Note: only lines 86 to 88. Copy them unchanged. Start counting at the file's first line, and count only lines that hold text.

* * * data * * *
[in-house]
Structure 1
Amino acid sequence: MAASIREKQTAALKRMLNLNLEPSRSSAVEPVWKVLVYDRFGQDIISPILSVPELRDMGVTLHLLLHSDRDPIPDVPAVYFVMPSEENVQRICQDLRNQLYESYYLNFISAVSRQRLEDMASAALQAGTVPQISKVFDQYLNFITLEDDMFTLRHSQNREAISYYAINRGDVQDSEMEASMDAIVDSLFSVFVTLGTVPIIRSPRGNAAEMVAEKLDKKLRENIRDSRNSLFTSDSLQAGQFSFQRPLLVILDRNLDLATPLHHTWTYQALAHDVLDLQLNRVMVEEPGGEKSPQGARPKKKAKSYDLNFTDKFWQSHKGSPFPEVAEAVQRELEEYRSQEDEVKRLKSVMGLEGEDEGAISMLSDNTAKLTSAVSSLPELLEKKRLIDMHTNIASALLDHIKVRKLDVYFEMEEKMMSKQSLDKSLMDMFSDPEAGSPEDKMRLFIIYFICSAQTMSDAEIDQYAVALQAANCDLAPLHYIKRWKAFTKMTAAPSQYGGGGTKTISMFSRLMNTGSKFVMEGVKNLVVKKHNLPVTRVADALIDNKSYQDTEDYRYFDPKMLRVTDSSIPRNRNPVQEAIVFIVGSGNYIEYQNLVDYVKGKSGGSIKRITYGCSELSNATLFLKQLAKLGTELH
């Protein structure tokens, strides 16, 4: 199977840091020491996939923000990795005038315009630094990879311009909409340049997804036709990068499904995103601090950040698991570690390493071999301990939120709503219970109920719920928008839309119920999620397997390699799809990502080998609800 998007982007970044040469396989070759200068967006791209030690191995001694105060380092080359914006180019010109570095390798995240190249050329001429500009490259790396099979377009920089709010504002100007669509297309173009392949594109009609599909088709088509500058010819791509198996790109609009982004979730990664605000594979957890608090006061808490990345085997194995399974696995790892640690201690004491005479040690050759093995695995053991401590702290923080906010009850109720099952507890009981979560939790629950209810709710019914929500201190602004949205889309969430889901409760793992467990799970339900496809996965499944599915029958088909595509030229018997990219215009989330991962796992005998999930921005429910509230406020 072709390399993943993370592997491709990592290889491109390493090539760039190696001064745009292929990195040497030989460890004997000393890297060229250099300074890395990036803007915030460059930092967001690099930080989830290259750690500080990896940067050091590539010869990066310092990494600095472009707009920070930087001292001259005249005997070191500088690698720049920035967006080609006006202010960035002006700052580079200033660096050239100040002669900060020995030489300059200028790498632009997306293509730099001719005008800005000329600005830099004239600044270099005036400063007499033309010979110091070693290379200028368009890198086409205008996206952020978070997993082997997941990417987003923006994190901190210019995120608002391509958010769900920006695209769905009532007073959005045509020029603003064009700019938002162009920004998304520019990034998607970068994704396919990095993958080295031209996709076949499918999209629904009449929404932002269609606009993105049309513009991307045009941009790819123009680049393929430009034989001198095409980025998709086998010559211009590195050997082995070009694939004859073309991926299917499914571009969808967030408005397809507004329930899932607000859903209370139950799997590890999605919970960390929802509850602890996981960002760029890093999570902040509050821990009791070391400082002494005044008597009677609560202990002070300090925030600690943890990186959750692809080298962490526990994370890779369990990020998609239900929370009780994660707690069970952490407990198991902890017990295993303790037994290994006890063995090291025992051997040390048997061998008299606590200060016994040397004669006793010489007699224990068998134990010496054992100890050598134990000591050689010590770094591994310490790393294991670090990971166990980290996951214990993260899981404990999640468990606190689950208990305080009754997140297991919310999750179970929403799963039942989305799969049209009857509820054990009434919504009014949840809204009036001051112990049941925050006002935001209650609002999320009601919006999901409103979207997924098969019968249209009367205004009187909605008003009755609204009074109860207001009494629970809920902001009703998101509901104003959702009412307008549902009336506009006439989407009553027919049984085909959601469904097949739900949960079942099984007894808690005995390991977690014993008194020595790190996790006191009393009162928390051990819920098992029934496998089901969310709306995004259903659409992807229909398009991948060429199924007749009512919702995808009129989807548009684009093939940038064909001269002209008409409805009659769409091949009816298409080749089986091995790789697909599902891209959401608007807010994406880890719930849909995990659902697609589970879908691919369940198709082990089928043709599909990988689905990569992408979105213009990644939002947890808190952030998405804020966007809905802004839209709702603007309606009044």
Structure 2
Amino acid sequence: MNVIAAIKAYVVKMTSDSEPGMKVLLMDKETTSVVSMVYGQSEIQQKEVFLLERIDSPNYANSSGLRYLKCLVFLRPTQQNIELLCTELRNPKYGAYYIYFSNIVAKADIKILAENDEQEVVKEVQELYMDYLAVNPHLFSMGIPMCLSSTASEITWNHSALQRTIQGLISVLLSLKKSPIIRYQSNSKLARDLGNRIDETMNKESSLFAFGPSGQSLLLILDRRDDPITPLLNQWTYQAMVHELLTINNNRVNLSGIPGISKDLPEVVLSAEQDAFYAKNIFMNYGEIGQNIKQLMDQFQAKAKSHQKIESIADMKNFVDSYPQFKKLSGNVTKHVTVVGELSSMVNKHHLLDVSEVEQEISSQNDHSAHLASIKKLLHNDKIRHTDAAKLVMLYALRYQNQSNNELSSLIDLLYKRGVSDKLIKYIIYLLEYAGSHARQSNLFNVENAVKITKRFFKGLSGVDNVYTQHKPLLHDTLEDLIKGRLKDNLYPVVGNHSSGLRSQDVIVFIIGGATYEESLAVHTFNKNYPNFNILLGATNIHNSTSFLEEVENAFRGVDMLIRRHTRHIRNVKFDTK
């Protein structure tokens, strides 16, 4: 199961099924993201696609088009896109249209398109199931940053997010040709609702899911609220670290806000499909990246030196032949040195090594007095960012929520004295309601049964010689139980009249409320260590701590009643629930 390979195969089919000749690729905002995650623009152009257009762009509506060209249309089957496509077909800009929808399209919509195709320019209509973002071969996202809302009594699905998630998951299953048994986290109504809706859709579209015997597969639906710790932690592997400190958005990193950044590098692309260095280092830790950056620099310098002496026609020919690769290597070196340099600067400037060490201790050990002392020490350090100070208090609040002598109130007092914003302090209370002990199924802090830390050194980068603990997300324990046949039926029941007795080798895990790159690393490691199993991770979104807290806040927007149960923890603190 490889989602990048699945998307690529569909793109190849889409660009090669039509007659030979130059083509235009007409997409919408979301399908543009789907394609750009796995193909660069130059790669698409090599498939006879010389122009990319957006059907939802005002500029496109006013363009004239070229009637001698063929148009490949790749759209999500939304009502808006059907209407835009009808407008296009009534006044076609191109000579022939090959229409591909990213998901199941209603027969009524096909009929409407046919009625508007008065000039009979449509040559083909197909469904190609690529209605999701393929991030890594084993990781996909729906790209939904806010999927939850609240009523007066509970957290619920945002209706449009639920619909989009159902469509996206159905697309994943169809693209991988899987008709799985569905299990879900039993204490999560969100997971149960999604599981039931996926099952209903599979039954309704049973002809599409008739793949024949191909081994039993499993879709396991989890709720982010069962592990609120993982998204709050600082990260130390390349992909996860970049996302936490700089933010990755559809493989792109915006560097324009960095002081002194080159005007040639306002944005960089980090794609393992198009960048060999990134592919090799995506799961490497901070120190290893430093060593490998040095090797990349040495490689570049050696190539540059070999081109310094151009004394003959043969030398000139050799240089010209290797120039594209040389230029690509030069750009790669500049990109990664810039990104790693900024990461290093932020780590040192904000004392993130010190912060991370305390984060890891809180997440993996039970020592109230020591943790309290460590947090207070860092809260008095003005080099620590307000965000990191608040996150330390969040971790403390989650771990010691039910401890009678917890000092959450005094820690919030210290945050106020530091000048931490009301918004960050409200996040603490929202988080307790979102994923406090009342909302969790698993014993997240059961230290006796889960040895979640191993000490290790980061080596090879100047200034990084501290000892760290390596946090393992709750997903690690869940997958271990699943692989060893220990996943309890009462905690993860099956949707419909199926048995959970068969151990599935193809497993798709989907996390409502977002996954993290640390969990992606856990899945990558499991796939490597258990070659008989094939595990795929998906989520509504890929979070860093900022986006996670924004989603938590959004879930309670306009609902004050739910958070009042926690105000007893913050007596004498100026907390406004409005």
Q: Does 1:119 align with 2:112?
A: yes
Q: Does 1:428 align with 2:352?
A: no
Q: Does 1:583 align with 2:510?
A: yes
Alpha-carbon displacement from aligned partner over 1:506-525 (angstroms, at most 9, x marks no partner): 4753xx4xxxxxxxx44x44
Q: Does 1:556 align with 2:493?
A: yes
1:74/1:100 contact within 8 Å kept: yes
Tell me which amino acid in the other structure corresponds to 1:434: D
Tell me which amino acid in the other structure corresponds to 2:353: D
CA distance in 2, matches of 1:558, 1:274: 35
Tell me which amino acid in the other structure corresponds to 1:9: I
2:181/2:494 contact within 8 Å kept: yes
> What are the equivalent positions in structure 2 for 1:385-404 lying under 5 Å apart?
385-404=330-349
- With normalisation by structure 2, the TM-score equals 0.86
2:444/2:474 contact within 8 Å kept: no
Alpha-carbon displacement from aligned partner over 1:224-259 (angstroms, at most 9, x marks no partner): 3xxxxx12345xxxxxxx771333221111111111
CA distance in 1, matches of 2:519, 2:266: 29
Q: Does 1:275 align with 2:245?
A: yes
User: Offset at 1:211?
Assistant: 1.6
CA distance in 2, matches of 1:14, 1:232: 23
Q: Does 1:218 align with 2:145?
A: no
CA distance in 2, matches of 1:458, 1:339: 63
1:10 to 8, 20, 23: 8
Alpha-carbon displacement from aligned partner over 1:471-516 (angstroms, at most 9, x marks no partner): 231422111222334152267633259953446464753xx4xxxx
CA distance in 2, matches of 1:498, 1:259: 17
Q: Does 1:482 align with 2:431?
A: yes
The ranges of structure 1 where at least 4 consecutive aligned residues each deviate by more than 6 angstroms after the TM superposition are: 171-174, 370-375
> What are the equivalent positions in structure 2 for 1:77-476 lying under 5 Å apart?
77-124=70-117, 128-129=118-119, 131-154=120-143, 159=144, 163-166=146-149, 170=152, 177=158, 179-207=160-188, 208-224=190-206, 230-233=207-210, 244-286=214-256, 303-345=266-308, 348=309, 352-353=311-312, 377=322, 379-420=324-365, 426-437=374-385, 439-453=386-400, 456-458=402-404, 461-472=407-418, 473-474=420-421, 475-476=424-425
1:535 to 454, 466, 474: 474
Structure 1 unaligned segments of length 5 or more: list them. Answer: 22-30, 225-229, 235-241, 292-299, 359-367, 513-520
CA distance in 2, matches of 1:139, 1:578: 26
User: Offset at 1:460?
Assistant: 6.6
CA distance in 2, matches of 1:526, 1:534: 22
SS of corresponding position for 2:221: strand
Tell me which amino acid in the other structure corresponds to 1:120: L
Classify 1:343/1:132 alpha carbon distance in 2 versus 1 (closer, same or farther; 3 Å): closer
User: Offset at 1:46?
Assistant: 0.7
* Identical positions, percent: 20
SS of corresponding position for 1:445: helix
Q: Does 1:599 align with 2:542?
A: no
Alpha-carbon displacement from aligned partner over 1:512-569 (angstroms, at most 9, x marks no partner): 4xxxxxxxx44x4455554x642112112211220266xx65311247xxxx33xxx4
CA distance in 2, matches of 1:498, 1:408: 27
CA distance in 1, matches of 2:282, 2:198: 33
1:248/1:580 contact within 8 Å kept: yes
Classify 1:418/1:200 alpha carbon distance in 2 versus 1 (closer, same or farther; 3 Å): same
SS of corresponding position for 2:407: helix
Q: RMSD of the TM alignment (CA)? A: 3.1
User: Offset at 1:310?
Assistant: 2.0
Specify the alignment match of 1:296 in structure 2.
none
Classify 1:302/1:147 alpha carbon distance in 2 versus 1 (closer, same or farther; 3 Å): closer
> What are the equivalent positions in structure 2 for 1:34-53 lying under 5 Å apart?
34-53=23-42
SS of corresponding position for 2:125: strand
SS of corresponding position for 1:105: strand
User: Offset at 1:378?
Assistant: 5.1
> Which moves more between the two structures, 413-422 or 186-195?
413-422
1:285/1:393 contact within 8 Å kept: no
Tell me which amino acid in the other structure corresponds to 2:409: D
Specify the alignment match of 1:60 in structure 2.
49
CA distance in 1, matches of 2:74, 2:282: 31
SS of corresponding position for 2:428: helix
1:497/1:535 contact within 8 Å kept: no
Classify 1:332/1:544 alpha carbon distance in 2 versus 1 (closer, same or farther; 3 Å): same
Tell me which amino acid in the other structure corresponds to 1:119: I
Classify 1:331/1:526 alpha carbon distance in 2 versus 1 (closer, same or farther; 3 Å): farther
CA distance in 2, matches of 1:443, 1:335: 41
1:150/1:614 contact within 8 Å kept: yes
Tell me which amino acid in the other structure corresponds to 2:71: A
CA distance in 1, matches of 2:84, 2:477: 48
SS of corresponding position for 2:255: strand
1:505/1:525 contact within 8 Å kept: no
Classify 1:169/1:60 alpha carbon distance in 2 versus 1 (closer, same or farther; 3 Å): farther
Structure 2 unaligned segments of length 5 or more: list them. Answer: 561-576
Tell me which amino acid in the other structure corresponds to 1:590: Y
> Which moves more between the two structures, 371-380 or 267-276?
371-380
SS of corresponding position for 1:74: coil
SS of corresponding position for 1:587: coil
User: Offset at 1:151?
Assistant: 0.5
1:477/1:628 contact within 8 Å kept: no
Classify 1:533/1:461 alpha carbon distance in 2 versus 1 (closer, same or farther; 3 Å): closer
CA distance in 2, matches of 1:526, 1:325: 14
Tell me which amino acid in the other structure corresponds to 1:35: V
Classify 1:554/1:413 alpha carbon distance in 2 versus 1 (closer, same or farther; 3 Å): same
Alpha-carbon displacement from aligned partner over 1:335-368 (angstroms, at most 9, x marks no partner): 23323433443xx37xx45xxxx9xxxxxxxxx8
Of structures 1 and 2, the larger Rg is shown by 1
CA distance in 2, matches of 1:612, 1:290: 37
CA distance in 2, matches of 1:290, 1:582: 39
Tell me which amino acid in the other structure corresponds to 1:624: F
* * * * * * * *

1:497/1:535 contact within 8 Å kept: no
Classify 1:332/1:544 alpha carbon distance in 2 versus 1 (closer, same or farther; 3 Å): same
Tell me which amino acid in the other structure corresponds to 1:119: I